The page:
What happened in other states

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Few states followed California's lead in opening markets for renewables. Even though federal tax credits were available across the country until 1986, and quite a few other states offered tax credits as well, California's regulatory treatment was uniquely effective at nurturing renewables development. No other state saw such a strong and broad-based growth of all renewable technologies.

The state of New York made an effort to encourage independent power with its famous 'six-cent' law, which paid independent generators a standard rate of six

Sourse: American Wind Energy Association

Figure 7.1 Year-by-year installed wind capacity in the US

Sourse: American Wind Energy Association

Figure 7.1 Year-by-year installed wind capacity in the US

US cents per kWh over the course of the contract. Unfortunately, given their emerging status and still high cost, the rate was not sufficient to support renewa-bles at that time. Instead it resulted in a rush of co-generation and overwhelmed the state's utilities with what turned out to be relatively high-cost power as the wholesale price of electricity trended down over the course of the next decade. The state of Maine also enacted high avoided-cost prices as a means of encouraging renewables. A number of biomass and small hydro projects were developed in Maine, but similar to New York, the power from these projects turned out to be relatively high cost as wholesale prices declined.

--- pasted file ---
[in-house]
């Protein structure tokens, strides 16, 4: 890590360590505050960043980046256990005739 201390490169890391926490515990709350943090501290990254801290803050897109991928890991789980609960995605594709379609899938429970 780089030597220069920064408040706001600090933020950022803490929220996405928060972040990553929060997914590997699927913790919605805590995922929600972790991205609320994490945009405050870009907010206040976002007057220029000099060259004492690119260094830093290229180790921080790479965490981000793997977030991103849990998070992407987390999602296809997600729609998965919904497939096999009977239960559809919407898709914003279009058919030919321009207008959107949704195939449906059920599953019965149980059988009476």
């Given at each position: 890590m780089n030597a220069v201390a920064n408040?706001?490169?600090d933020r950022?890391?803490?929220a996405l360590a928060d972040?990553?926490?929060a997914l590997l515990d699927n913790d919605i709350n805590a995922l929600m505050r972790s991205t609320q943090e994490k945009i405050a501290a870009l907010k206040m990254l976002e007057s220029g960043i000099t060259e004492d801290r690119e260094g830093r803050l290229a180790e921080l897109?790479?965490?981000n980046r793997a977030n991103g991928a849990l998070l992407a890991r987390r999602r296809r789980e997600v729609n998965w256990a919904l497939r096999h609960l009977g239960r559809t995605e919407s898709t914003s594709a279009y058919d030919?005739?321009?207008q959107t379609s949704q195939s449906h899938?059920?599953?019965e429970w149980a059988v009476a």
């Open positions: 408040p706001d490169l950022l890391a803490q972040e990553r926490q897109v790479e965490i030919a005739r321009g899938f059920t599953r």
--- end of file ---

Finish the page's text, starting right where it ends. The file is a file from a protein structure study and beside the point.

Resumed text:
The avoided cost provisions of PURPA soon came to serve as an effective barrier to new renewables deployment. The reality was that renewables, in their still emerging state, simply were not in a position to compete head to head with coal or gas-fired power in most conventional avoided-cost calculations. Thus PURPA soon ceased to be an effective spur to renewables development. The only way new renewables projects were going to move forward was through a strong commitment from state policy-makers to diversify the utility portfolio with cleaner technologies. Very few states, with the exception of Iowa in 1983 and Minnesota in 1994, were willing to push such requirements.2

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Renewable Energy Eco Friendly

Renewable Energy Eco Friendly

Renewable energy is energy that is generated from sunlight, rain, tides, geothermal heat and wind. These sources are naturally and constantly replenished, which is why they are deemed as renewable.

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